The vines and their leaves

If you really want to learn about wine you have to learn about the vine, mysterious plant that enters into the depths of the earth, able to condense in a few ripe grapes the essence of the man-nature relationship, the game that there is between them. Indeed, between man and nature there is competition, challenge, strategy; all this, is less evident in the summer with the tremendous growth and maturation of the grapes, which takes place in a few weeks and leaves little time to its observation.

But the close relationship of man and nature, which is expression of the wine and the vine, is very clear and very fascinating when you watch the vineyards in the winter . Why? Because once the vine is stripped of all its leaves you can observe its shape and age, and from that to figure out many things, the first is certainly the “wine history” of that region, and then the seriousness and passion of the winemakers.

The winemakeres have always shaped the vines, they did take a particular shape: high, low, wide, narrow, sapling, bush … to make it produce the best in that particular environment, made of soil composition, quantity of water and power of the sun. For example, there are types of cultivation of the vine called “canopy”, used in Southern Italy, and which were born to create plenty of shade and so protect the ground from the sun’s strong rays, while other forms of vines as the “cordon-trained” or “guyot” serve, among other functions, to ensure that each vine has its portion of the sun that warms the soil and helps the assimilation processes of the roots.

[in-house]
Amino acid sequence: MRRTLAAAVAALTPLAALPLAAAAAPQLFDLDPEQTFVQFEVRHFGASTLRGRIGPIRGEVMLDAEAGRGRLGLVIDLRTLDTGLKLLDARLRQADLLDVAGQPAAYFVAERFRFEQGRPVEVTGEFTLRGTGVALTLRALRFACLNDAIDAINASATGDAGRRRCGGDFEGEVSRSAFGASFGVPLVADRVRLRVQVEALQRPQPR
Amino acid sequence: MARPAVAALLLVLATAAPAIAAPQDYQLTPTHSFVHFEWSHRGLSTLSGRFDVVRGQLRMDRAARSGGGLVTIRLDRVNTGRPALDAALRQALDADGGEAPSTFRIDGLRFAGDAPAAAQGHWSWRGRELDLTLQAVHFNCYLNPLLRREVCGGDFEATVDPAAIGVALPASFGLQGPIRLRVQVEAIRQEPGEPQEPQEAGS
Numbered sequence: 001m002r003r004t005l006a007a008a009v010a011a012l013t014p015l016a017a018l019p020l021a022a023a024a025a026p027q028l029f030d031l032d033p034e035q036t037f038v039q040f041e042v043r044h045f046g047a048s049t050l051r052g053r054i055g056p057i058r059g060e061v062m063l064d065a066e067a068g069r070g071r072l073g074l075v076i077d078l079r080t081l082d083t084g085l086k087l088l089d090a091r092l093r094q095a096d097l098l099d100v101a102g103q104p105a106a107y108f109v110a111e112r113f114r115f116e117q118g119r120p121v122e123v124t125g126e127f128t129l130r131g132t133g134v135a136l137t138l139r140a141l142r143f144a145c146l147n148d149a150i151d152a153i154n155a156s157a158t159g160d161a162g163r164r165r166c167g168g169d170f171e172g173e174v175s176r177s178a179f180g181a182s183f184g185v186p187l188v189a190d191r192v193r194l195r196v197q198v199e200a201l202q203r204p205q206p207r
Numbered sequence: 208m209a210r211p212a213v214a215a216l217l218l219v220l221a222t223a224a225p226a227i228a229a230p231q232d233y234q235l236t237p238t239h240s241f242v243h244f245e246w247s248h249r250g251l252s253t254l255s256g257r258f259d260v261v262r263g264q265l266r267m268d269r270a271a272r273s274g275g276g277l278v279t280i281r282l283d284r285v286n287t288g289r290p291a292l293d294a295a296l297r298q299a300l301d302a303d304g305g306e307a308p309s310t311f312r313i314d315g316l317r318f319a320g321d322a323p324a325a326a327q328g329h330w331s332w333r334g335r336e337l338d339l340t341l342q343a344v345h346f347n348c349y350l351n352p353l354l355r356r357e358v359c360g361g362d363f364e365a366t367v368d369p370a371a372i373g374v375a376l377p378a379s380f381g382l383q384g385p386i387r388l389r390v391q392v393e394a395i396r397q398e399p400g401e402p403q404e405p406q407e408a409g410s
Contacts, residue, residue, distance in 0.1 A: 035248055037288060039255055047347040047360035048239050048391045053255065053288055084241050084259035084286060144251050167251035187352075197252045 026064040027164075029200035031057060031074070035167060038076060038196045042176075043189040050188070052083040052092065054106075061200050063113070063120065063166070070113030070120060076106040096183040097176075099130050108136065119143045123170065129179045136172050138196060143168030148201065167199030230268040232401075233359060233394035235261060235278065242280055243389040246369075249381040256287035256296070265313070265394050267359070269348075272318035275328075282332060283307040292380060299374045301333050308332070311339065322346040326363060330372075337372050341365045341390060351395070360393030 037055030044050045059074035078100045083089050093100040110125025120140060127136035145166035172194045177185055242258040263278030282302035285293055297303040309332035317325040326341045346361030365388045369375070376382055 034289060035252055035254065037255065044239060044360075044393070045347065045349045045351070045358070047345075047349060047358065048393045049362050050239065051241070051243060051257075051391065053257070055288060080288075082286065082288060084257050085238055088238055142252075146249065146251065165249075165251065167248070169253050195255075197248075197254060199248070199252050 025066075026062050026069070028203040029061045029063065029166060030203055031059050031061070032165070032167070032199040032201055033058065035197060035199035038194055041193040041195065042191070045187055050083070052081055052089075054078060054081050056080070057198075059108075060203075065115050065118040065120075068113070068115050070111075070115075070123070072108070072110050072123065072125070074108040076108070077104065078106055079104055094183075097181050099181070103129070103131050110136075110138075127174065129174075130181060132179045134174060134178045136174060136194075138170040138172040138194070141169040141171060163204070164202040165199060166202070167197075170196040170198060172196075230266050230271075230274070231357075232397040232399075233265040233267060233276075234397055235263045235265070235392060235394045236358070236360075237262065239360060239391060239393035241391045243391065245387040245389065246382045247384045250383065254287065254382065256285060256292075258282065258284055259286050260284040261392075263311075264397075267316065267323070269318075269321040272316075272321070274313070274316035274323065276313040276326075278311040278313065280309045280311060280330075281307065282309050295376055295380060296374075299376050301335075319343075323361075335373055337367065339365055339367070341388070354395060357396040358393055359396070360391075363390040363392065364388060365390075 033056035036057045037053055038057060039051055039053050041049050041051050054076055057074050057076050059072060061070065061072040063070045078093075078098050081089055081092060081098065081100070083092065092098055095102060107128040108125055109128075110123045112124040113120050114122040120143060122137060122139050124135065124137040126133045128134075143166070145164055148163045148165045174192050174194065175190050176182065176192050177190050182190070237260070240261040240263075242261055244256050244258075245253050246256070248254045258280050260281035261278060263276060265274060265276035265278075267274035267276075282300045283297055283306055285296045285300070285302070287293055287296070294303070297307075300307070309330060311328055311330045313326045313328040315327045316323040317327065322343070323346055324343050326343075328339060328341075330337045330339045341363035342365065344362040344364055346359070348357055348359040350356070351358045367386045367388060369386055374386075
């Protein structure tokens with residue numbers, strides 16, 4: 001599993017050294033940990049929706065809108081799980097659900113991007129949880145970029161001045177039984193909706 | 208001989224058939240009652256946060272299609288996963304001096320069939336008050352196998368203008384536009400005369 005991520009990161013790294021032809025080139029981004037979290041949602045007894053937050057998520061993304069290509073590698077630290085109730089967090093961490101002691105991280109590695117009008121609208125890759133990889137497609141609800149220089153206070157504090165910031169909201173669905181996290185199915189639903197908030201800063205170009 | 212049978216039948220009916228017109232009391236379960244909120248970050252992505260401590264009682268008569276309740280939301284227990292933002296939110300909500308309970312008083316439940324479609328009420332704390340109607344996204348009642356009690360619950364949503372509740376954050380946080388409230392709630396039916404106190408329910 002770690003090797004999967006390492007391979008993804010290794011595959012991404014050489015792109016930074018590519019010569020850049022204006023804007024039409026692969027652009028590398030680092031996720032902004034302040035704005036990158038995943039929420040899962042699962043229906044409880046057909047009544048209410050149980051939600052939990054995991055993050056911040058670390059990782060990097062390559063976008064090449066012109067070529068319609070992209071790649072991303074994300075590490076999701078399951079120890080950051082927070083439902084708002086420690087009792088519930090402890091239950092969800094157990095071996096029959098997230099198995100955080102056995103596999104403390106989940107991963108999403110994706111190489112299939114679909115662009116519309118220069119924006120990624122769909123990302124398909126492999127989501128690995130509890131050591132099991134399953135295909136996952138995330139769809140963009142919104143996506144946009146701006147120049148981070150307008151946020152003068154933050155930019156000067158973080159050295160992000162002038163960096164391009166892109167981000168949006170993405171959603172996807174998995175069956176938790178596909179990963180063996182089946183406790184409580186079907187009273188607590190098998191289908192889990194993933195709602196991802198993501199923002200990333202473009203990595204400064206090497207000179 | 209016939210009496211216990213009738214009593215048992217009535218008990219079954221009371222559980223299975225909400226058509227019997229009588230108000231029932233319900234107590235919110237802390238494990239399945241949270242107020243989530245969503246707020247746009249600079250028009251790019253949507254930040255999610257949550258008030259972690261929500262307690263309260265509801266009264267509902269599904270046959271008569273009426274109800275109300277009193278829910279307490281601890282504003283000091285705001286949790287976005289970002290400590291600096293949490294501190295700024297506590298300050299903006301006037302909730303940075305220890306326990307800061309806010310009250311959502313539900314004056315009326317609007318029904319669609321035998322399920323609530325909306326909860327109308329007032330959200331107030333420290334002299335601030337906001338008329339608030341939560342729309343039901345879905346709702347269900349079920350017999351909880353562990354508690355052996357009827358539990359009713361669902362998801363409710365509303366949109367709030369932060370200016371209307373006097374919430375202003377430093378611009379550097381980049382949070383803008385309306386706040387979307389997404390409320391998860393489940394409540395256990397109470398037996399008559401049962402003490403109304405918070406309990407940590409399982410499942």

If you are in Florence and come with us for a Tuscan Wine Tasting Tour, you can easily observe that, to make Chianti wine and Super Tuscans wines, the Sangiovese vines are mostly “cordon-trained”.

Also, without the leaves, vine and vineyard reveal their age. A “foot” of vine can live long, an average of 50 years. The more it ages the less it produces although its wine becomes better. In its first three years the vine develops and produces, but the clusters are not good enough to produce wine. Between 10 and 30 years old it produces plenty and very good grapes.

After this age it produces less grapes, but with very rich juice. So a good wine maker always keeps a part of the vineyard with the older vines to ensure Tuscan high quality wine in term of aromas, perfumes and body.